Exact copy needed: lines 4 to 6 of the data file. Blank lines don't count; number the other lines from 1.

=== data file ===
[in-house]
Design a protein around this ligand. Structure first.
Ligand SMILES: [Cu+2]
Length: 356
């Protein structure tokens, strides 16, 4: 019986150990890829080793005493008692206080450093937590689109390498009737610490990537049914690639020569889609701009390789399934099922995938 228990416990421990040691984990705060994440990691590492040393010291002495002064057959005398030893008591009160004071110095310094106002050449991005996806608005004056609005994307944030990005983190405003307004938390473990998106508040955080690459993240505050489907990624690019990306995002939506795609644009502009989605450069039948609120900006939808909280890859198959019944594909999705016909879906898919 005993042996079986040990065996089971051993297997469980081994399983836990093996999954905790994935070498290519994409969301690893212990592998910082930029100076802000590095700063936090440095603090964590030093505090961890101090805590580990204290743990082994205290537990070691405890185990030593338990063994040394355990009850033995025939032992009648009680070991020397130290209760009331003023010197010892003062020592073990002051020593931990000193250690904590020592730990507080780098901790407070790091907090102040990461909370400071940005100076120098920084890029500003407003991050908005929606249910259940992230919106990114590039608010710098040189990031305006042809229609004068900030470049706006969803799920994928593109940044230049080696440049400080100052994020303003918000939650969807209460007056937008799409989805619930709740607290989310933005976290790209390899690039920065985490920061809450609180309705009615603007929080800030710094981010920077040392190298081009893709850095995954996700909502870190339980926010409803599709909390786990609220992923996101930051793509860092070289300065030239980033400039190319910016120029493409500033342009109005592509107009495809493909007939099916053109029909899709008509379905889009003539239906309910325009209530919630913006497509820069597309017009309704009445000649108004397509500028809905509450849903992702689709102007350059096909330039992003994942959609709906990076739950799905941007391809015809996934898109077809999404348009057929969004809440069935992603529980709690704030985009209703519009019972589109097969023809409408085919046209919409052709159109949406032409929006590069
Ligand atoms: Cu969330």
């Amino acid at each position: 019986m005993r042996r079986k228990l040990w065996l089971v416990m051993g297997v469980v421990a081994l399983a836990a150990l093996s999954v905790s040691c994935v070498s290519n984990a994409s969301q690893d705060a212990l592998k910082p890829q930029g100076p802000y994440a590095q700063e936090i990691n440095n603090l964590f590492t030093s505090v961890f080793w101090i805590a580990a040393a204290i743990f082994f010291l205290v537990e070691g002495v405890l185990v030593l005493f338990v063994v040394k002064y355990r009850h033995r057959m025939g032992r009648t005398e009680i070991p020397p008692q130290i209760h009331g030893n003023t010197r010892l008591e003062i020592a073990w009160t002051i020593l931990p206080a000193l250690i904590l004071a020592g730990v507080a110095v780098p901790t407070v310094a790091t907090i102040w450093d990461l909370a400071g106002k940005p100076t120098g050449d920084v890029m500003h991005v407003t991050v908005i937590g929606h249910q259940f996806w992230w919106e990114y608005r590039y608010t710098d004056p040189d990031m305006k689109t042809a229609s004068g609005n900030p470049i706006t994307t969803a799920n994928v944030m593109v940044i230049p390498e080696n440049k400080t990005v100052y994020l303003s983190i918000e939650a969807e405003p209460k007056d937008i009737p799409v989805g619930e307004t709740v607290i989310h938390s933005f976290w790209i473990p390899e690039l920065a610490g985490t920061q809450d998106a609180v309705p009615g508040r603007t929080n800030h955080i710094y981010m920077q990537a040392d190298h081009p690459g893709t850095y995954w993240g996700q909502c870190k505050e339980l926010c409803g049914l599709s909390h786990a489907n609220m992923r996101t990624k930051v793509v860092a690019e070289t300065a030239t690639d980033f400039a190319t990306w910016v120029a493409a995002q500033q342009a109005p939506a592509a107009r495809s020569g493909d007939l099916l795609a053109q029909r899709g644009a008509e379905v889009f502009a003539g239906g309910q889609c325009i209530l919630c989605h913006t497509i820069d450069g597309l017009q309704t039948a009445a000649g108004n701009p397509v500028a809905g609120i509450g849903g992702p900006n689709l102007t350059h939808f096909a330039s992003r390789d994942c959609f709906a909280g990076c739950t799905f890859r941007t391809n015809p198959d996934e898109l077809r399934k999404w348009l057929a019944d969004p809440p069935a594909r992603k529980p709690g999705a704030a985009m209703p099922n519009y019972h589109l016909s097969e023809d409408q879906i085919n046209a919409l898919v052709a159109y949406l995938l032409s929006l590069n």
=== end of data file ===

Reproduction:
Length: 356
């Protein structure tokens, strides 16, 4: 019986150990890829080793005493008692206080450093937590689109390498009737610490990537049914690639020569889609701009390789399934099922995938 228990416990421990040691984990705060994440990691590492040393010291002495002064057959005398030893008591009160004071110095310094106002050449991005996806608005004056609005994307944030990005983190405003307004938390473990998106508040955080690459993240505050489907990624690019990306995002939506795609644009502009989605450069039948609120900006939808909280890859198959019944594909999705016909879906898919 005993042996079986040990065996089971051993297997469980081994399983836990093996999954905790994935070498290519994409969301690893212990592998910082930029100076802000590095700063936090440095603090964590030093505090961890101090805590580990204290743990082994205290537990070691405890185990030593338990063994040394355990009850033995025939032992009648009680070991020397130290209760009331003023010197010892003062020592073990002051020593931990000193250690904590020592730990507080780098901790407070790091907090102040990461909370400071940005100076120098920084890029500003407003991050908005929606249910259940992230919106990114590039608010710098040189990031305006042809229609004068900030470049706006969803799920994928593109940044230049080696440049400080100052994020303003918000939650969807209460007056937008799409989805619930709740607290989310933005976290790209390899690039920065985490920061809450609180309705009615603007929080800030710094981010920077040392190298081009893709850095995954996700909502870190339980926010409803599709909390786990609220992923996101930051793509860092070289300065030239980033400039190319910016120029493409500033342009109005592509107009495809493909007939099916053109029909899709008509379905889009003539239906309910325009209530919630913006497509820069597309017009309704009445000649108004397509500028809905509450849903992702689709102007350059096909330039992003994942959609709906990076739950799905941007391809015809996934898109077809999404348009057929969004809440069935992603529980709690704030985009209703519009019972589109097969023809409408085919046209919409052709159109949406032409929006590069
Ligand atoms: Cu969330």